Aker BP – a global leader in low emissions

GHG emission intensity


CO2e per boe (Q1-24)

Methane emission intensity


of saleable gas (2023)

Our decarbonisation targets

Aker BP has set the following targets for decarbonisation of our operations. The targets are aligned with the Norwegian petroleum industry commitment to a 50 percent reduction in operational greenhouse gas (GHG) emissions by 2030 as compared with the 2005 level. This also puts us in alignment with the Norwegian authorities’ overall net-zero ambition.

GHG intensity
scope 1&2
<4 kg CO2e/boe

(equity share)

Methane intensity

50% reduction in operated GHG emissions scope 1&2 by 2030 and near zero by 2050

Net zero GHG emissions scope 1&2 by 2030 (equity share)

Our strategy to achieve this

Aker BP’s GHG emissions are primarily driven by use of oil and gas for energy generation on offshore production platforms and drilling rigs. The company’s strategy for combatting these emissions (scope 1 and 2) consists of three main pillars:

  • Avoid – by switching to energy sources with lower or zero emissions, and by embedding low-emissions solutions in all new projects while gradually retiring older assets with higher emissions
  • Reduce – by continuously working to improve energy efficiency across our portfolio of production facilities and drilling rigs
  • Neutralise – by investing in carbon removal projects to offset our remaining emissions

In addition, we are addressing carbon emissions in our supply chain (scope 3) through active involvement with our suppliers, and we are exploring business opportunities within geological storage of CO2 on the Norwegian continental shelf.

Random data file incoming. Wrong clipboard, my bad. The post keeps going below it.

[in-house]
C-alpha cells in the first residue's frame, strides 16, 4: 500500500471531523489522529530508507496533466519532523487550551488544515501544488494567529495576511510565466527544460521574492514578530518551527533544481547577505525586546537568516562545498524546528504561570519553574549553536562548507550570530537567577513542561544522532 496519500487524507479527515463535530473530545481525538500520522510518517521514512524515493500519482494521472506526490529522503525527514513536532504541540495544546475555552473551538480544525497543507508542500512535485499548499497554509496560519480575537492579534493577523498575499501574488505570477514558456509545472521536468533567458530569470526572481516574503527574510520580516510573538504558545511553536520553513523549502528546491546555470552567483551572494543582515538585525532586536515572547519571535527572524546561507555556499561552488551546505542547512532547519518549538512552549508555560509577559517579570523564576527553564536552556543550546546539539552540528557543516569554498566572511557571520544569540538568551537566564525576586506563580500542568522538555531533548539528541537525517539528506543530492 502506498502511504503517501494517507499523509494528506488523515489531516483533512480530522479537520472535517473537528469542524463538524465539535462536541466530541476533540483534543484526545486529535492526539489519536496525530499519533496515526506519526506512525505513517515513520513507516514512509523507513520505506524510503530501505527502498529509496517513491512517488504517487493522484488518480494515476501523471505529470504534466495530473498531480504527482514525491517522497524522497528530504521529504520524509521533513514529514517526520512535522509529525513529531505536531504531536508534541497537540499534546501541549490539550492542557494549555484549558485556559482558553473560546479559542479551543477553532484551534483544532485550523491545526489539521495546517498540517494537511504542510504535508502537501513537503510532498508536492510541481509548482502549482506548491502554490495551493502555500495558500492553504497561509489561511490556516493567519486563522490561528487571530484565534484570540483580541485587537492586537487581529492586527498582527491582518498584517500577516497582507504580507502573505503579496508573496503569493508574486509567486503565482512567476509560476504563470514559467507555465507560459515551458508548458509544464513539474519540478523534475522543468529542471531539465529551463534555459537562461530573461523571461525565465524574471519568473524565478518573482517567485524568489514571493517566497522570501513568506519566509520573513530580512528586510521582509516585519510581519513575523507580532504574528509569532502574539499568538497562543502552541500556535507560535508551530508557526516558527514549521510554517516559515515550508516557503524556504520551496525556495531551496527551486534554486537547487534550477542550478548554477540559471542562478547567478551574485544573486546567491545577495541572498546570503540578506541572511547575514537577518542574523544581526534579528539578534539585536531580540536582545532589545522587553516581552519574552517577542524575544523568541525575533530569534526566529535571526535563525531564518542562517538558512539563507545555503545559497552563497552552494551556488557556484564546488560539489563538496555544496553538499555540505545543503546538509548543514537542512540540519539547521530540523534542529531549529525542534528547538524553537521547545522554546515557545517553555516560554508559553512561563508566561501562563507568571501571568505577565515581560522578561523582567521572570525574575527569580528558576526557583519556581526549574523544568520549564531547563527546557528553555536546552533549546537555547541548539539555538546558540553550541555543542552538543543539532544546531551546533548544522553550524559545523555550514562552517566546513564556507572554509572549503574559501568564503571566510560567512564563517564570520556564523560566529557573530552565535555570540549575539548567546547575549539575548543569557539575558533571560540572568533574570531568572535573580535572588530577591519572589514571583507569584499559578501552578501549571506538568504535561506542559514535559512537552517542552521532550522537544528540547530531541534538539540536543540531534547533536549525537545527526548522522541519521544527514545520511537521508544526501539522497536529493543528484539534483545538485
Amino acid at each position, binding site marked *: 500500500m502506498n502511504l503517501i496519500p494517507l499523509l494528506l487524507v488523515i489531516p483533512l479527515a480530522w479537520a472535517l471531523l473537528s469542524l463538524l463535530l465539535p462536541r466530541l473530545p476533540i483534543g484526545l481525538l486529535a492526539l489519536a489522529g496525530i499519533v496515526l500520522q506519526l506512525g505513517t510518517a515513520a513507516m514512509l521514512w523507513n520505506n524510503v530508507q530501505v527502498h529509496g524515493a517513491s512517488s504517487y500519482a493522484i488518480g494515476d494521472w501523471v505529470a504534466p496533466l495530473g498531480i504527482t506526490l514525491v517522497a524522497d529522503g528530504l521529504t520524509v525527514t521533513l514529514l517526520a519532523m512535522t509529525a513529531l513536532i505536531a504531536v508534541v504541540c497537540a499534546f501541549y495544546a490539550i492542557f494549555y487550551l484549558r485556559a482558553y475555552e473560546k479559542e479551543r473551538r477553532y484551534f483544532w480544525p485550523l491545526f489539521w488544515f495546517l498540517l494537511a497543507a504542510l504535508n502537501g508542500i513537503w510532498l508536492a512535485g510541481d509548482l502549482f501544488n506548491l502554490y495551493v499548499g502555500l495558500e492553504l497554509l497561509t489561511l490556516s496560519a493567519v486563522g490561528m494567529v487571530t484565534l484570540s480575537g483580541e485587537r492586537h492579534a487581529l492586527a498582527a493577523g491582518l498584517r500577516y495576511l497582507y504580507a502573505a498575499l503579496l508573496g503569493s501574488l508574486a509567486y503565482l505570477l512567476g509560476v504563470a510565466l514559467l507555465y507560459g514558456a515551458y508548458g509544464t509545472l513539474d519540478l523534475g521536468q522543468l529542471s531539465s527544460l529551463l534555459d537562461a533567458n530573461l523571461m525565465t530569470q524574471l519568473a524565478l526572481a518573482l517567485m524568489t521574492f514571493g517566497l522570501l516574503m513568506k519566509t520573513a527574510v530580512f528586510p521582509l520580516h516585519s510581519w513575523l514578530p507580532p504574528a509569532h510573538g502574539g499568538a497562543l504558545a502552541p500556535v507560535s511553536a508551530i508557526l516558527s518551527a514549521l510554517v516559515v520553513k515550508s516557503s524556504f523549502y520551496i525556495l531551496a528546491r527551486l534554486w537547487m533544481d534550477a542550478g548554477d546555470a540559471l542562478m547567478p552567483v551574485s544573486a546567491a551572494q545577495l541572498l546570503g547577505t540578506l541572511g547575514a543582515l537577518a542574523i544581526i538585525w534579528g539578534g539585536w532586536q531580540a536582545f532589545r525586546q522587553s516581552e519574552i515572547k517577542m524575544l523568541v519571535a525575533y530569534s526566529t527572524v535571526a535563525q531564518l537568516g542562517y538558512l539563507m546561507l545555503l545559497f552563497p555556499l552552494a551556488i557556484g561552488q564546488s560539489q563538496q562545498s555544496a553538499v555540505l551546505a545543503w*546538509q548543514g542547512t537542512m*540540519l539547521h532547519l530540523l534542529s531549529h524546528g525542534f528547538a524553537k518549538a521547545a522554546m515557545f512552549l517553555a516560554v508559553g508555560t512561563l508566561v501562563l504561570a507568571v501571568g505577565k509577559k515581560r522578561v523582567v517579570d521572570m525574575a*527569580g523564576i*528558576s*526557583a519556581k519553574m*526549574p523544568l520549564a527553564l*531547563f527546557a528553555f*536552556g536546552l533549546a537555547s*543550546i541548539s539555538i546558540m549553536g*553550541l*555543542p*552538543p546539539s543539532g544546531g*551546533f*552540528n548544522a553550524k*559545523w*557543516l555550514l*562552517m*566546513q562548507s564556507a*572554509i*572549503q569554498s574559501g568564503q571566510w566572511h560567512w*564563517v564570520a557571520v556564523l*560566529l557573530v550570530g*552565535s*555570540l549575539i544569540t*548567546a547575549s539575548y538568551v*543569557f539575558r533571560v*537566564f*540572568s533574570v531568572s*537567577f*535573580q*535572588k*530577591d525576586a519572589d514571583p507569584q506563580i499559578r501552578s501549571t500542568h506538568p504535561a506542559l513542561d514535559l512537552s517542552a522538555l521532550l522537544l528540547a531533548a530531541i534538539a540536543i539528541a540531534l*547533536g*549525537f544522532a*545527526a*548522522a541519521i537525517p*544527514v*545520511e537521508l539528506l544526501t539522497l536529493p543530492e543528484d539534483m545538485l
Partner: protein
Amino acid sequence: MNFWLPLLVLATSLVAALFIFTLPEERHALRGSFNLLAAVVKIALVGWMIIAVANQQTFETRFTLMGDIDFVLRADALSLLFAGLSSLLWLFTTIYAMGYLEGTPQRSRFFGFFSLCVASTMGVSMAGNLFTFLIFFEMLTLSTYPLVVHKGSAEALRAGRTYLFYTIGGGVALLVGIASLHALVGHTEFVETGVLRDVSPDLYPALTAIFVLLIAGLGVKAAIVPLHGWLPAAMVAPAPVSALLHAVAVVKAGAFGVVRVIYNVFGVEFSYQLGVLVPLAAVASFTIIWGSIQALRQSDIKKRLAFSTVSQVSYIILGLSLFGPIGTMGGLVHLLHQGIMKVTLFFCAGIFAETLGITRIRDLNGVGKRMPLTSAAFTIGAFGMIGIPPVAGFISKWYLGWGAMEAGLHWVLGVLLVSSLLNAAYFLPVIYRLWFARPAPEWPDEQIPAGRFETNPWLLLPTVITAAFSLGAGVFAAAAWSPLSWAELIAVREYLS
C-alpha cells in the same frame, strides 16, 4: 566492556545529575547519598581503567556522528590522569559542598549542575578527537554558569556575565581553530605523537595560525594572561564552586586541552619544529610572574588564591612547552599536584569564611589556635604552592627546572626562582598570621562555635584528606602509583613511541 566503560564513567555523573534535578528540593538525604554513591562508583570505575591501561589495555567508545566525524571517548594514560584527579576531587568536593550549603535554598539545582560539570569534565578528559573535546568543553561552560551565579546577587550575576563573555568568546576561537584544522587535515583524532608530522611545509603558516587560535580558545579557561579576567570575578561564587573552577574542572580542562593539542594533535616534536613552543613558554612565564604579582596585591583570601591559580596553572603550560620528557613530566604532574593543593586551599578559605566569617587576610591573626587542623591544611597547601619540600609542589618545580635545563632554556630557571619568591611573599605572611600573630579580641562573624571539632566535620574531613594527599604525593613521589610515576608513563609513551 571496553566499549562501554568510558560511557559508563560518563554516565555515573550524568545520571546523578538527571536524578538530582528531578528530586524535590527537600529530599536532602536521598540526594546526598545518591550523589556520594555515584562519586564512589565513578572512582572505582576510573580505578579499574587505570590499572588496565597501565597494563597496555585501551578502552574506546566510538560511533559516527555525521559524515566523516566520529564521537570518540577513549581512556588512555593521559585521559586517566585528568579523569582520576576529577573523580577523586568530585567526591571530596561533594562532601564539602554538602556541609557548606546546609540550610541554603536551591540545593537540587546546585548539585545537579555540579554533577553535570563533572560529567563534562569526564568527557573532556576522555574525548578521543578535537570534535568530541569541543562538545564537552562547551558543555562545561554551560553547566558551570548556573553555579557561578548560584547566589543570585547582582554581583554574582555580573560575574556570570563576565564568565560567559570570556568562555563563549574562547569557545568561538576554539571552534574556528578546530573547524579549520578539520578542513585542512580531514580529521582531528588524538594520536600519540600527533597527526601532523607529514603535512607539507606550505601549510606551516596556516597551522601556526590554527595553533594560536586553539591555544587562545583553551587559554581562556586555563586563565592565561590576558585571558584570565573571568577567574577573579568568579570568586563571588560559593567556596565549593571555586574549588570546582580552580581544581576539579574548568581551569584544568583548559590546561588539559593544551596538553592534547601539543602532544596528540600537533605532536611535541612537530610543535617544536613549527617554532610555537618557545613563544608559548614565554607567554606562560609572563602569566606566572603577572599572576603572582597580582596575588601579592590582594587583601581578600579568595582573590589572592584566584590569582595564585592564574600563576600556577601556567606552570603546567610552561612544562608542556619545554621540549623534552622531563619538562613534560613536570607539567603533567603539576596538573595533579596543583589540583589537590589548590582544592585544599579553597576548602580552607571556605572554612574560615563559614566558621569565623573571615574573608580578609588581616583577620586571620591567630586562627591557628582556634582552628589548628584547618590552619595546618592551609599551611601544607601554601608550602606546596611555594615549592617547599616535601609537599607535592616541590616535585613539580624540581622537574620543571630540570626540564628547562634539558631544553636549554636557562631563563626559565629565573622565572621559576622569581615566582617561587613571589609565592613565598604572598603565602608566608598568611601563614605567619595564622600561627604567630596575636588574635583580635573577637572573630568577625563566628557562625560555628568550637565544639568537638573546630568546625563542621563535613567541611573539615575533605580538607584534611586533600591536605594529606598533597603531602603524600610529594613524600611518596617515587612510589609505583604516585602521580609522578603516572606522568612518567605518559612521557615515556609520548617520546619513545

ReduceImprove energy efficiency in rigs and operated assetsNeutraliseCarbon removal offsets for hardtoabate emissionsAvoidElectrification of brownfield assets and portfolio rotationScope 1 + 2Scope 3Upstream scope 3 reduction through procurementSupport new industries and drive technology developmentExplore potential of CCSCreate value through decarbonisation

Progressing towards our targets

Aker BP’s GHG emission intensity has been significantly reduced over recent years, driven by the start of production from the Johan Sverdrup field in 2019 which is powered with electricity from shore, by the electrification of the Edvard Grieg and Ivar Aasen fields in 2022, and by continuous improvements in energy efficiency across the asset portfolio.

GHG emission intensity (kg CO2e/boe)

Due to this strong performance, Aker BP has emerged as a global leader within low-carbon oil and gas production. According to data from Wood Mackenzie, Aker BP in 2023 were among the 5% of companies with the lowest emissions intensity among the world’s 285 largest oil and gas producers:

Net emission intensity of 285 largest producing upstream companies, 2023
(kg CO2e/boe, equity share)

Source: Wood Mackenzie – Global upstream CO2 emissions

Emissions forecast

The blue line in the figure below illustrates what the emissions would have been without any decarbonisation efforts from Aker BP. However, according to the efforts outlined in our climate strategy and net zero transition plan, we expect this to be 55 percent lower (0.6 million tonnes) in 2030 and close to zero by 2050.

Clear pathway to reduce absolute scope 1 and 2 emissions close to zero

Baseline 0 1.6 1.2 0.8 0.4 2040 2035 2030 2025 2045 2050 2020 GHG emissions (million t CO 2 e) Emission forecast Historical emissions 26%* ~85%* Target: Near zero 1) Edvard Grieg & Ivar Aasen from 2022 of Ula of Skarv of Alvheim

Low methane emissions

Aker BP’s upstream operated methane emission intensity in 2023 was 0.01 percent CH4 of saleable gas, which is significantly lower than the industry average of 0.20 percent as reported by the Oil and Gas Climate Initiative (OGCI 2020 performance data). Aker BP’s long-term goal is to keep its methane emission intensity below 0.05 percent (lowered from 0.10 percent in 2023).